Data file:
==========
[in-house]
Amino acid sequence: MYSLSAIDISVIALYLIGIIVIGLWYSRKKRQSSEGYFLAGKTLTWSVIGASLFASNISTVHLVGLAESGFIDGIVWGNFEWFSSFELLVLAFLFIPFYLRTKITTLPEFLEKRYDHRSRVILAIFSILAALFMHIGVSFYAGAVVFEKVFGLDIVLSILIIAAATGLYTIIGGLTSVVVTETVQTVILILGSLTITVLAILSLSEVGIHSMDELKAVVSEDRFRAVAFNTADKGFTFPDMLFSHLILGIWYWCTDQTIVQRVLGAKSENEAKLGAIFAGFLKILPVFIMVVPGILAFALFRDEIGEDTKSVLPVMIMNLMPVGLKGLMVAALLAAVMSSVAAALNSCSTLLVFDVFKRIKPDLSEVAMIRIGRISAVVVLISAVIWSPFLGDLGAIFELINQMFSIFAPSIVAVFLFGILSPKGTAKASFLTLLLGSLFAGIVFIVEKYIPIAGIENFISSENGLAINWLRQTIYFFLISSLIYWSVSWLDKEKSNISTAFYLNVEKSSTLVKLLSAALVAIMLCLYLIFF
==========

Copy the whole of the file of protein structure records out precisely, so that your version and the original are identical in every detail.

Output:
[in-house]
Amino acid sequence: MYSLSAIDISVIALYLIGIIVIGLWYSRKKRQSSEGYFLAGKTLTWSVIGASLFASNISTVHLVGLAESGFIDGIVWGNFEWFSSFELLVLAFLFIPFYLRTKITTLPEFLEKRYDHRSRVILAIFSILAALFMHIGVSFYAGAVVFEKVFGLDIVLSILIIAAATGLYTIIGGLTSVVVTETVQTVILILGSLTITVLAILSLSEVGIHSMDELKAVVSEDRFRAVAFNTADKGFTFPDMLFSHLILGIWYWCTDQTIVQRVLGAKSENEAKLGAIFAGFLKILPVFIMVVPGILAFALFRDEIGEDTKSVLPVMIMNLMPVGLKGLMVAALLAAVMSSVAAALNSCSTLLVFDVFKRIKPDLSEVAMIRIGRISAVVVLISAVIWSPFLGDLGAIFELINQMFSIFAPSIVAVFLFGILSPKGTAKASFLTLLLGSLFAGIVFIVEKYIPIAGIENFISSENGLAINWLRQTIYFFLISSLIYWSVSWLDKEKSNISTAFYLNVEKSSTLVKLLSAALVAIMLCLYLIFF